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Nigeria, AU must take urgents steps on Boko Haram: CGB

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The General Council of the Bar of SA (GCB) has called on Nigeria and the African Union to take urgent steps against Boko Haram for its mounting crimes against humanity.

“The GCB is concerned at the mounting evidence of serious crimes against humanity including mass murder, rape and persecution, committed by the armed group Boko Haram in north east Nigeria,” its chairman Jeremy Muller SC said in a statement on Friday.

“The slaughter of unarmed civilians, last year’s mass abduction of young schoolgirls, and the systematic attacks on schools constitute serious violations of Article Seven of the Rome Statute of the International Criminal Court and grave breaches of the convention on the rights of the child,” he said.

Article Seven of the statute states that crimes against humanity are committed as part of a widespread or systematic attack directed against any civilian population with knowledge of the attack.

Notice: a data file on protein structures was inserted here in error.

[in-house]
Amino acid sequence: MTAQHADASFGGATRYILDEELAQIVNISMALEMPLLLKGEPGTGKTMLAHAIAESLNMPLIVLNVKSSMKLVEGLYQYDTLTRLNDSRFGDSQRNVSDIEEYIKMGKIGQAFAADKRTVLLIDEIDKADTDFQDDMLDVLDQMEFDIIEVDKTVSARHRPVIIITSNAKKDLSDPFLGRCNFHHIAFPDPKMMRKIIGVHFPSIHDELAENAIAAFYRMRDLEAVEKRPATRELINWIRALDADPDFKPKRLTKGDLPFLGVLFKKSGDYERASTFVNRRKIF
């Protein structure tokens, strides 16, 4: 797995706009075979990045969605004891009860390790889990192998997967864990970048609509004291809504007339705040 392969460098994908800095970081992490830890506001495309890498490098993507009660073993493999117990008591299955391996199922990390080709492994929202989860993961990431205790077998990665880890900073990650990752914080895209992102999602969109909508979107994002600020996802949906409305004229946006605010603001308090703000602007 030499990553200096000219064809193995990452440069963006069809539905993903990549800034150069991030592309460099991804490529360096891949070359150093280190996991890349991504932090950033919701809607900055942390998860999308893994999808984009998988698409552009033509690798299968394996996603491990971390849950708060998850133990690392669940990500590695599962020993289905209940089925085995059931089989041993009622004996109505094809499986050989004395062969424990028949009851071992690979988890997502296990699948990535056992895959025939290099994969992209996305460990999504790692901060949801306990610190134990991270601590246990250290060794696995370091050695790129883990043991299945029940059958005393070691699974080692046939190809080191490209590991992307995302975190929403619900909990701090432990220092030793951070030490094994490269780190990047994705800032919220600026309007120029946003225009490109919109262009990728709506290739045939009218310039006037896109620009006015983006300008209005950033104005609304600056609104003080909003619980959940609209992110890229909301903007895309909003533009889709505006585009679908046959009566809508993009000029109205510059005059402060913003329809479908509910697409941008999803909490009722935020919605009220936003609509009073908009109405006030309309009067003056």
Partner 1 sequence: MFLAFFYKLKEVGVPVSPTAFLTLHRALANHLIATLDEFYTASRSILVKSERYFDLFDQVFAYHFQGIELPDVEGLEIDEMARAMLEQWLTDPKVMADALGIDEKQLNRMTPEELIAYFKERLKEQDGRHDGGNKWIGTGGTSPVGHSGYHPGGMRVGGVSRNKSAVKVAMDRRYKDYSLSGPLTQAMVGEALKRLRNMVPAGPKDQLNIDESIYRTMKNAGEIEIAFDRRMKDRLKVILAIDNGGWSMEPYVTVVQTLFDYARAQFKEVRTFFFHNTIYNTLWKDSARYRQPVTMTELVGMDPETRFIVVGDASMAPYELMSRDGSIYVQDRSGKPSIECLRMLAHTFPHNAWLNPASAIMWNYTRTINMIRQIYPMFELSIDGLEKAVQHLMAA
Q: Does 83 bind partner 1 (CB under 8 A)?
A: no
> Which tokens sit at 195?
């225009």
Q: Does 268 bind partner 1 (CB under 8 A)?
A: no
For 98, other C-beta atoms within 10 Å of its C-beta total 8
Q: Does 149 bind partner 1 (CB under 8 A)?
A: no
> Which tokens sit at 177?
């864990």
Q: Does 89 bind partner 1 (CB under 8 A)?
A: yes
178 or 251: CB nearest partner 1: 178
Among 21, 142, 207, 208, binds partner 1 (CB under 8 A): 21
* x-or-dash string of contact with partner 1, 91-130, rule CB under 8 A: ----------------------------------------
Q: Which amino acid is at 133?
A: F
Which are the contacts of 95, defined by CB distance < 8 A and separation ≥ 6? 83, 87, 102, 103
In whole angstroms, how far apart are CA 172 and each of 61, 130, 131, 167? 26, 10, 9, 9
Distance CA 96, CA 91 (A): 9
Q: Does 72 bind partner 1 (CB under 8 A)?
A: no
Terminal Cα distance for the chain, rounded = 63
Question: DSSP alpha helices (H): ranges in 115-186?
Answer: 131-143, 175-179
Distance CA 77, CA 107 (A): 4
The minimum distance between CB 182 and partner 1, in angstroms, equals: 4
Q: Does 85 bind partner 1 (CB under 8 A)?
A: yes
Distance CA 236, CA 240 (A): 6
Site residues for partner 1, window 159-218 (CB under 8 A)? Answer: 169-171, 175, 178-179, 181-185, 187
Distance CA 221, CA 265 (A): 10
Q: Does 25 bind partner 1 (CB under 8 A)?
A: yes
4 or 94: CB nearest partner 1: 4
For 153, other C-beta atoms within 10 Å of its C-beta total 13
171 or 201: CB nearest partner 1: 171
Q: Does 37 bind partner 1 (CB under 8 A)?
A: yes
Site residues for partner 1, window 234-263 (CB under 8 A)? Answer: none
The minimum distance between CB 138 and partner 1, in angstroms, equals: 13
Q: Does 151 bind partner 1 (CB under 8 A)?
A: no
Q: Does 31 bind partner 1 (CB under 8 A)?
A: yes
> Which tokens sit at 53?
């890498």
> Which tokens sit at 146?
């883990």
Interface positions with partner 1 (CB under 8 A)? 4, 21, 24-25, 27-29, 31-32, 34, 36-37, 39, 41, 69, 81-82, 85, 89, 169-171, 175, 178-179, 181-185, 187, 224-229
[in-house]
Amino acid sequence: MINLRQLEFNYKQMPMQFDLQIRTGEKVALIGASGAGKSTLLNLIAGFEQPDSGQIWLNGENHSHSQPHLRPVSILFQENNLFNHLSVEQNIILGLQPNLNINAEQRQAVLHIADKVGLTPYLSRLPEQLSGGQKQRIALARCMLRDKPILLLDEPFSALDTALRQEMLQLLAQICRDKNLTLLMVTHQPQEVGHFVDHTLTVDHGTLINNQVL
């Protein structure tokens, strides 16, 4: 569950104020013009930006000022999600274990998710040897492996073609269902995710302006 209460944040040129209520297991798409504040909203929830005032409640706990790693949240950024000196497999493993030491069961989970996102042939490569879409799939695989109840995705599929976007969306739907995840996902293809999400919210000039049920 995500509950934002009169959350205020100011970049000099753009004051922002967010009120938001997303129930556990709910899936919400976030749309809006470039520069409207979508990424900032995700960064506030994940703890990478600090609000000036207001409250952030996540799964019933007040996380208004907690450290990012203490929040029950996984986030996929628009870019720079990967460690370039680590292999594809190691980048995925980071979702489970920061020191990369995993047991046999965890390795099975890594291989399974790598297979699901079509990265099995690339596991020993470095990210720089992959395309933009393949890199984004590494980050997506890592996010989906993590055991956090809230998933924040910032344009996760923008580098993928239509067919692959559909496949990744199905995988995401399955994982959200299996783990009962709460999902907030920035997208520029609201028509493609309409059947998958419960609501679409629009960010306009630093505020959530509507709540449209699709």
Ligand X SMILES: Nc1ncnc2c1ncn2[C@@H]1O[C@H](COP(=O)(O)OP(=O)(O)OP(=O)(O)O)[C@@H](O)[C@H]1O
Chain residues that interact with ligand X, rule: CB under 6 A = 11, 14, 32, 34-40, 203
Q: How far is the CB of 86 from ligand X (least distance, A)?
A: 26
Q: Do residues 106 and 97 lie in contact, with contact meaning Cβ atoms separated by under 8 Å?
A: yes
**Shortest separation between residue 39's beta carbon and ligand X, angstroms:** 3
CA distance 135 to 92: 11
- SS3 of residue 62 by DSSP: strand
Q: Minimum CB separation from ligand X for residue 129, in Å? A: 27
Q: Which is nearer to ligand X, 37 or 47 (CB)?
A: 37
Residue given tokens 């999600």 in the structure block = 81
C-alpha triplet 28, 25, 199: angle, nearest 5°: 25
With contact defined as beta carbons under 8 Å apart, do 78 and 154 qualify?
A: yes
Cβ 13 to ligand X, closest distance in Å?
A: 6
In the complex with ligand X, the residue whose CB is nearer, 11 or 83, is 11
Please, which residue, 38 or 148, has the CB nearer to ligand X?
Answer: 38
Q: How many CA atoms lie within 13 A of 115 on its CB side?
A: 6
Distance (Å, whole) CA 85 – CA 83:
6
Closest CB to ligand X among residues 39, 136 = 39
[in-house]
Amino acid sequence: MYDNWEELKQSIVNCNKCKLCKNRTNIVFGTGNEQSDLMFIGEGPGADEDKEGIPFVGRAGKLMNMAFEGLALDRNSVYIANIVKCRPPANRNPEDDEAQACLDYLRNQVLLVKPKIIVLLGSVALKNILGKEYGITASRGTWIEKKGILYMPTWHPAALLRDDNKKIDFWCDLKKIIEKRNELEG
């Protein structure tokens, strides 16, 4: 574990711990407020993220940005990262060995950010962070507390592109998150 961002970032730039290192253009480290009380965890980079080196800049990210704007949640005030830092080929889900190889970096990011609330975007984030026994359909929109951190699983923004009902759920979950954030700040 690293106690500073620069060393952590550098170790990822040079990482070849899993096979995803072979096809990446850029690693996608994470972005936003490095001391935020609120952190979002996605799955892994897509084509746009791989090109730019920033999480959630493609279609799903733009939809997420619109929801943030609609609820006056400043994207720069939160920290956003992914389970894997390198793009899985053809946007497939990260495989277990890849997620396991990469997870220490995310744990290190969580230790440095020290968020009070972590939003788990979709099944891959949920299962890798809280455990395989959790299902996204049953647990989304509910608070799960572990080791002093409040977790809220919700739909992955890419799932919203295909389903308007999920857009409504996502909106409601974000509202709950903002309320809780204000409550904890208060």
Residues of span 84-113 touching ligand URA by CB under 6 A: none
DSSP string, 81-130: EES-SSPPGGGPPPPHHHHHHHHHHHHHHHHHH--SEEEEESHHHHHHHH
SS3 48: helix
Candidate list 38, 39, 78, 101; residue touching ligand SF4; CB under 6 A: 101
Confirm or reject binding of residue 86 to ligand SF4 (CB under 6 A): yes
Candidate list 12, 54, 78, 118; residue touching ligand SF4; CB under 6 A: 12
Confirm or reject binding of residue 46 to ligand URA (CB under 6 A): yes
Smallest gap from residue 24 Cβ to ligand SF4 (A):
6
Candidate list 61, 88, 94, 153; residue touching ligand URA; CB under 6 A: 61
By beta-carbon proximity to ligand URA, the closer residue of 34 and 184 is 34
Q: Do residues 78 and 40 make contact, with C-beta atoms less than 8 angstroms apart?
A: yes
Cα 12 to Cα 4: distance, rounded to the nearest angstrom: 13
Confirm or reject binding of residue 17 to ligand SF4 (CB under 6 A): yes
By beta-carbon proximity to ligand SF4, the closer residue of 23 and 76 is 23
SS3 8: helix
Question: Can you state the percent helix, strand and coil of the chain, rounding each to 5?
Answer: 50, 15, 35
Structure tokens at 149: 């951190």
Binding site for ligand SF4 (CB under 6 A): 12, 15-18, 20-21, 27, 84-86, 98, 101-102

Crimes against humanity are listed as murder, extermination, enslavement, imprisonment, deportation or forced transfer of population, torture, rape or sexual slavery, persecution against a group, and the disappearance of people.

Various media agencies reported that Boko Haram launched a string of attacks in Baga on January 3, killing about 2000 people and resulting in thousands fleeing to neighbouring countries.

However, Nigeria’s government said the death toll was no more than 150 people.

The German news agency Deutsche Presse-Agentur (DPA) reported that Boko Haram wanted to create an Islamic state, and killed more than 3000 people last year.

Muller said the council wanted the Nigerian government and the AU to take urgent and effective steps to ensure the perpetrators were brought to justice.

“The first weeks of 2015 have seen a disturbing escalation of Boko Haram’s increasing onslaught against civilian populations, with several towns and villages… being attacked and razed to the ground,” he said.

Muller also welcomed the South African government’s condemnation of the attacks. SAPA

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